In the last post, we looked at how Edge Computing (EC) differs from centralized computing and why businesses are adopting EC. Projected growth of EC in next several years means an ever growing number of businesses may be adding EC to their IT infrastructure. This EC growth translates into business and technical requirements that are significantly different from the ones needed for non-localized infrastructure. In this post we’re going to look at some of the factors that businesses should consider when adopting EC.
New thinking needed for edge
EC brings the flexibility and simplicity of cloud computing to sites distributed across a large number of locations. Unlike traditional cloud computing with a few large sites, EC is spread across many small sites. EC solutions are as varied as the range of edge use cases, with deployments spanning from a few computing clusters to millions of edge devices. EC infrastructure could include any combination of edge devices, edge gateways, edge servers, mini-cluster or micro-datacenter.
While cloud computing infrastructure is hardware-centric and rather rigid, EC infrastructure is software defined and flexible. There are two areas where EC differs significantly from cloud computing in terms of technology and operations:
1) The “illusion of infinite capacity,” where supply leads demand and users can request more resources on demand, does not hold true for Edge deployments where capacity is provisioned for a smaller set of workload. This means careful resource planning and management are needed.
2) EC will require not only providing a compute platform but also managing the whole hardware and software stack—from firmware, hardware, software and up to the services, in a consistent and repeatable manner.
When planning for EC, it’s important to consider how it affects different stakeholders. Let’s look at some of key requirements from perspective of business, operations and developer:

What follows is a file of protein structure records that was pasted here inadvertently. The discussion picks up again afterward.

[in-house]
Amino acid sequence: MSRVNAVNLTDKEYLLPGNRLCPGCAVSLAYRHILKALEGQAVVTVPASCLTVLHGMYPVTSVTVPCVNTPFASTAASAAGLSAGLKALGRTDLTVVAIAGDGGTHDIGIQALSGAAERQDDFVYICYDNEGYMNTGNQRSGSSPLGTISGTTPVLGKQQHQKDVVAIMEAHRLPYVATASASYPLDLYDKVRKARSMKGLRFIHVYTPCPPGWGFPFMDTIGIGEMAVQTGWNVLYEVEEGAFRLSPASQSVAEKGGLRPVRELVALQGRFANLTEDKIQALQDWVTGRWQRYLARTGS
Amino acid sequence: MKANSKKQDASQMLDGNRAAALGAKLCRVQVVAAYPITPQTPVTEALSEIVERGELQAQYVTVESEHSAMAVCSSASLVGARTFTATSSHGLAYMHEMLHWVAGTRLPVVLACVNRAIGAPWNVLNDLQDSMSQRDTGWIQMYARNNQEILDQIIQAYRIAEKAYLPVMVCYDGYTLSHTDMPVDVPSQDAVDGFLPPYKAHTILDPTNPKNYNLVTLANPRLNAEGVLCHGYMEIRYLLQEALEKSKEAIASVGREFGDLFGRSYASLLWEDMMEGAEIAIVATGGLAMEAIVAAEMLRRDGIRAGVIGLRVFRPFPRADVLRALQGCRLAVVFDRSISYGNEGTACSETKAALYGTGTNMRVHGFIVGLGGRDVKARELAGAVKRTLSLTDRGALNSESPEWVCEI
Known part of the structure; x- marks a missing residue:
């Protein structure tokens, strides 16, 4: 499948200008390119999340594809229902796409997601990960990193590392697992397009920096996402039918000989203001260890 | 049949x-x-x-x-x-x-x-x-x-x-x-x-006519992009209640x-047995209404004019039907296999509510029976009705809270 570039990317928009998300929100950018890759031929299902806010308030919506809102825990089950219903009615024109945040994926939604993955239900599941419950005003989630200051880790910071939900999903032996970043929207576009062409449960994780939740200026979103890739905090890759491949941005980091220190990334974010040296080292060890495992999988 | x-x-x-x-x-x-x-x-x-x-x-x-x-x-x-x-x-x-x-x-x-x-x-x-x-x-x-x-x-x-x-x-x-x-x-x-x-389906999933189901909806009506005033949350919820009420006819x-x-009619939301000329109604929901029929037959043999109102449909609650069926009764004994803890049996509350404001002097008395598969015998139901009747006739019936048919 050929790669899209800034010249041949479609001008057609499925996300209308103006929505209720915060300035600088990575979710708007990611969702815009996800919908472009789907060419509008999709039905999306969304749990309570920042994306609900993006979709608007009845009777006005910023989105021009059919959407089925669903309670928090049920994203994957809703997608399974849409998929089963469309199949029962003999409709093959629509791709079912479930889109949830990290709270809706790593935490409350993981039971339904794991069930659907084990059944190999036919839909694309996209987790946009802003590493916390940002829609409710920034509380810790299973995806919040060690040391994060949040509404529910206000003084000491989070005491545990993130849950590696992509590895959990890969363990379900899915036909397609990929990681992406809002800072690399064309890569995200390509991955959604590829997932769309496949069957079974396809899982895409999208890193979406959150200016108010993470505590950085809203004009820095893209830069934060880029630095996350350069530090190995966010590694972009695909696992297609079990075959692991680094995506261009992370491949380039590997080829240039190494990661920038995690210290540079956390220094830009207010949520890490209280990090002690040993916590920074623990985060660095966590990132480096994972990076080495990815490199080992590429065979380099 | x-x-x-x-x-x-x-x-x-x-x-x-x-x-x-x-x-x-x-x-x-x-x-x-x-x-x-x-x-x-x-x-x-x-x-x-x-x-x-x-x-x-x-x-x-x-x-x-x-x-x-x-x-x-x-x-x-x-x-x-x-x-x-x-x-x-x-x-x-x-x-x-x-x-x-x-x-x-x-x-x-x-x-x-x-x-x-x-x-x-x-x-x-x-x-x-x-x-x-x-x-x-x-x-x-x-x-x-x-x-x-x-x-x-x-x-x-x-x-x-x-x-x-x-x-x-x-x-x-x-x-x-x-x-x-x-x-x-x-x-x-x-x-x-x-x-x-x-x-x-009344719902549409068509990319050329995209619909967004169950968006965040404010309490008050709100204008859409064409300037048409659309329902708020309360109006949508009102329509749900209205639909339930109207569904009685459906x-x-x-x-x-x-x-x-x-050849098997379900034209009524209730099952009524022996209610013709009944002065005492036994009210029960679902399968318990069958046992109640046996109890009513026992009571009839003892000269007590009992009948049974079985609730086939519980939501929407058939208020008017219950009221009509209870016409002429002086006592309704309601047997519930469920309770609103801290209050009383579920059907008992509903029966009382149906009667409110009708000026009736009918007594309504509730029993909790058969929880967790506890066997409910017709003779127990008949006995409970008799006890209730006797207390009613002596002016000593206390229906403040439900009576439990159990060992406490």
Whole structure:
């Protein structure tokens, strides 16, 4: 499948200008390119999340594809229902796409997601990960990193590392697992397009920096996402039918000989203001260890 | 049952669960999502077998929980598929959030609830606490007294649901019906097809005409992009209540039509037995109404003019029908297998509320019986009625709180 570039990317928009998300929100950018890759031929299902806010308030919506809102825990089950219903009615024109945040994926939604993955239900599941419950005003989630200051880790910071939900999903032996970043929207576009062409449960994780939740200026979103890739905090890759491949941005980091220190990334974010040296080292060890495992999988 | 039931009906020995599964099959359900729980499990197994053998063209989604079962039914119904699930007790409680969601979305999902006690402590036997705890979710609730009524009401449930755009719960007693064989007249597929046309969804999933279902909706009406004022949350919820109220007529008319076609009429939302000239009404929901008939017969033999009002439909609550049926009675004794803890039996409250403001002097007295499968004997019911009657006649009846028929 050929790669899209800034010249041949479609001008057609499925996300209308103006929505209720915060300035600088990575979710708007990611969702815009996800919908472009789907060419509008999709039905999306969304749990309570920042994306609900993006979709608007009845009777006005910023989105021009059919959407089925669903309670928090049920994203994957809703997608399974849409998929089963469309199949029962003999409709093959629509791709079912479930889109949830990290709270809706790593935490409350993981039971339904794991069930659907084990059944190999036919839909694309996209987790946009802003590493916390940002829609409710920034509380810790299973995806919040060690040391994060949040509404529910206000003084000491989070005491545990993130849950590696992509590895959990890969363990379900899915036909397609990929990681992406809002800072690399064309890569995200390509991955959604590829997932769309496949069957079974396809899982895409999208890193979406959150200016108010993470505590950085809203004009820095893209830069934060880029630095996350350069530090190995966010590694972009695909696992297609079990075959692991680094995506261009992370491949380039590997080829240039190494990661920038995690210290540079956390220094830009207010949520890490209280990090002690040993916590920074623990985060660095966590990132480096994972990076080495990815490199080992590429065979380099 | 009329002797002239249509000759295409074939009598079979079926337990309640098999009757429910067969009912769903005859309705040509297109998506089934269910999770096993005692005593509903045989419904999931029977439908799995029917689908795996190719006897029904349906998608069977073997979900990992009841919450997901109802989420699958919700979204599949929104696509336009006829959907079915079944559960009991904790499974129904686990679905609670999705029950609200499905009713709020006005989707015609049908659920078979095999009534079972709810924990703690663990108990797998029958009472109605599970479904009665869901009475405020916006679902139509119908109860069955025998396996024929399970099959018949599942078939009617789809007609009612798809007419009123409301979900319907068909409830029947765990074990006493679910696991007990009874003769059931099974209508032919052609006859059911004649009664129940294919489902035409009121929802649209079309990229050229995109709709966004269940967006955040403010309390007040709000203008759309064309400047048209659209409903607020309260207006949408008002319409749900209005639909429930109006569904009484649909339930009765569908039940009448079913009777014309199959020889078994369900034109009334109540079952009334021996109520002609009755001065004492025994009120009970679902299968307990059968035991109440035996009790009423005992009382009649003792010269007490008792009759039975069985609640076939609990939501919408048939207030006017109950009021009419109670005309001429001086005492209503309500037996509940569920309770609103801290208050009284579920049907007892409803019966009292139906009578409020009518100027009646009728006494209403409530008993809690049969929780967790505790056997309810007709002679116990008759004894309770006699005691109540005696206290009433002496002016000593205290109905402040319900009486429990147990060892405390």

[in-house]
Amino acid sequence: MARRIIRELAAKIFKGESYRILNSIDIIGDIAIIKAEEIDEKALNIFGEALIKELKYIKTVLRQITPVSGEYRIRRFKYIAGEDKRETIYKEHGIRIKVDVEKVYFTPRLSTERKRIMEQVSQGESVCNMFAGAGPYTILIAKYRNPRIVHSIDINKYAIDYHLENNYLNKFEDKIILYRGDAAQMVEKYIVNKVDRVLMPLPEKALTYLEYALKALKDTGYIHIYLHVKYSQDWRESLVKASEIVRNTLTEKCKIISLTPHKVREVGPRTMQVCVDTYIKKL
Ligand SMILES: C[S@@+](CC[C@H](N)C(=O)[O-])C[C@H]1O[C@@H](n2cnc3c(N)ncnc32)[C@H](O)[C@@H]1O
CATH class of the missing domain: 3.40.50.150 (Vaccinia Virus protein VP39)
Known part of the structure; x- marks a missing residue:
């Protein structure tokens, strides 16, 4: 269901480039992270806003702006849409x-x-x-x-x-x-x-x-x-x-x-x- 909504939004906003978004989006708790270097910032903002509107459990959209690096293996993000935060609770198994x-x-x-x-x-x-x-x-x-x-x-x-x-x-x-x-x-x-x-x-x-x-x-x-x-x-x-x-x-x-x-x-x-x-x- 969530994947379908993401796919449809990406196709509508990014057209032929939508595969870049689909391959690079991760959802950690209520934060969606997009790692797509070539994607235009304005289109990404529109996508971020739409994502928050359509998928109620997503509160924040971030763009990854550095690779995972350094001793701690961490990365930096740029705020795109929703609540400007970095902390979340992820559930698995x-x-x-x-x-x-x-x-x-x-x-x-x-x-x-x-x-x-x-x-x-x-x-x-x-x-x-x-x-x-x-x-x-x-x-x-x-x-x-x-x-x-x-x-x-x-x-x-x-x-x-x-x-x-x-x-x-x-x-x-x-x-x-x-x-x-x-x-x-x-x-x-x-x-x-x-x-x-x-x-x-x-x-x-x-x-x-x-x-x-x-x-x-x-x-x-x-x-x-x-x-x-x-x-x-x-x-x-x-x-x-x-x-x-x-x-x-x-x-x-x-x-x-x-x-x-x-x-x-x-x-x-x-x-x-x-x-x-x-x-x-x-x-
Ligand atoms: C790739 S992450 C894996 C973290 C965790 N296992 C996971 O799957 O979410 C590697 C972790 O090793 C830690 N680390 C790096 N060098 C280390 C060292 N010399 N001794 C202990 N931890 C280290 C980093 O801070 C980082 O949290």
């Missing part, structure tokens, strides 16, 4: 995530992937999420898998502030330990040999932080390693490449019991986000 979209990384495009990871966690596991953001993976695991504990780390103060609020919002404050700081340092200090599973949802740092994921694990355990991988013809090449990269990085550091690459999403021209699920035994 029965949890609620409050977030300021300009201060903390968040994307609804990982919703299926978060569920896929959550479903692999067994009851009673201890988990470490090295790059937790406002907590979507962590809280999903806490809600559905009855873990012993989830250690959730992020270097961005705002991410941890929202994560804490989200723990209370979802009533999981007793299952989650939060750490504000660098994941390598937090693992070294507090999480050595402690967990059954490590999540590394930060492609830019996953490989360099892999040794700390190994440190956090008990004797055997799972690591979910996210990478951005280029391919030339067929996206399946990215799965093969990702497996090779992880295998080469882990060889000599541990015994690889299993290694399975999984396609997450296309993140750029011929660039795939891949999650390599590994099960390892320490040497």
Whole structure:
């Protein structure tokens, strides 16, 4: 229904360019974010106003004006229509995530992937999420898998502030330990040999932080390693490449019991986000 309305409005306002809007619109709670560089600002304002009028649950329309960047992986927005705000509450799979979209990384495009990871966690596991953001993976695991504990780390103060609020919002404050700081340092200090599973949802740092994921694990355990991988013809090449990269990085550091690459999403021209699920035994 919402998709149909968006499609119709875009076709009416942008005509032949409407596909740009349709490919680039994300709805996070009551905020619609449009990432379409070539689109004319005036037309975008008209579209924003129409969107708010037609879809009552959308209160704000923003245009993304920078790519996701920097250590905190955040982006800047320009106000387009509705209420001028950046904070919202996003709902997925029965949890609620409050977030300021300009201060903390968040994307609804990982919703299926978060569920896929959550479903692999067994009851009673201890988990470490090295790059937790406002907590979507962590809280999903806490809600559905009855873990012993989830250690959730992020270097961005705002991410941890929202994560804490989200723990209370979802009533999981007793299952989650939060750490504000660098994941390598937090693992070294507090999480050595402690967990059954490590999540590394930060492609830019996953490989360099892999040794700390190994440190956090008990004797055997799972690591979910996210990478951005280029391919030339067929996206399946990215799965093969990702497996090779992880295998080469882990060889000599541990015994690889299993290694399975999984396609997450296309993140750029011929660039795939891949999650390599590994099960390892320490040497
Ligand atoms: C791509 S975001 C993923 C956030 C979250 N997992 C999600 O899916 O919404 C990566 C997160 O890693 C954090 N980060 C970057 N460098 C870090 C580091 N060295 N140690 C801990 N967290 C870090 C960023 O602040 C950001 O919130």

Resiliency: When dealing with critical business functions, edge deployments need to be highly resilient to failure. These edge systems need to continue to operate, even if it's at reduced capabilities e.g. operating in offline mode in case of network disruption.
Hardware: With advancement in processor capabilities, it's becoming possible to run complex, compute intensive workloads at edge e.g. AI/ML on edge systems. New hardware form factors will be needed to address a broad range of edge computing requirements. These systems could include a combination of general purposes processors, GPUs, FPGAs and application specific processors.
Security: Edge sites often have lesser physical access security which raises the risk of malicious or accidental disruption. In addition, bringing less capable devices (e.g. industrial microcontrollers, actuators) online without adequate protection is a recipe for disaster. Edge systems act as firewall and protect the entire downstream infrastructure from physical or virtual attacks. The edge systems need to be hardened from ground up—from firmware to OS to memory subsystem to storage to communication channels.
Non-technical: Remote sites may lack technical expertise, hence, any on-site maintenance will be performed by workers lacking IT skills. The operation and maintenance of edge infrastructure needs to be simple enough to be performed by non-technical on-site workers.
Environment: Remote locations have challenges with reliable power, space, cooling and connectivity e.g. oil rigs, mines. Edge systems need to be designed with these environmental challenges in mind.
Cost: Due to the potential for massive scale, EC is highly cost-sensitive. In small edge deployments, fixed cost and overhead per-site do not amortize as they do in centralized computing. As the number of edge sites increase, even a small change in cost, recurring across hundreds of thousands of sites, could have a big impact on the budget.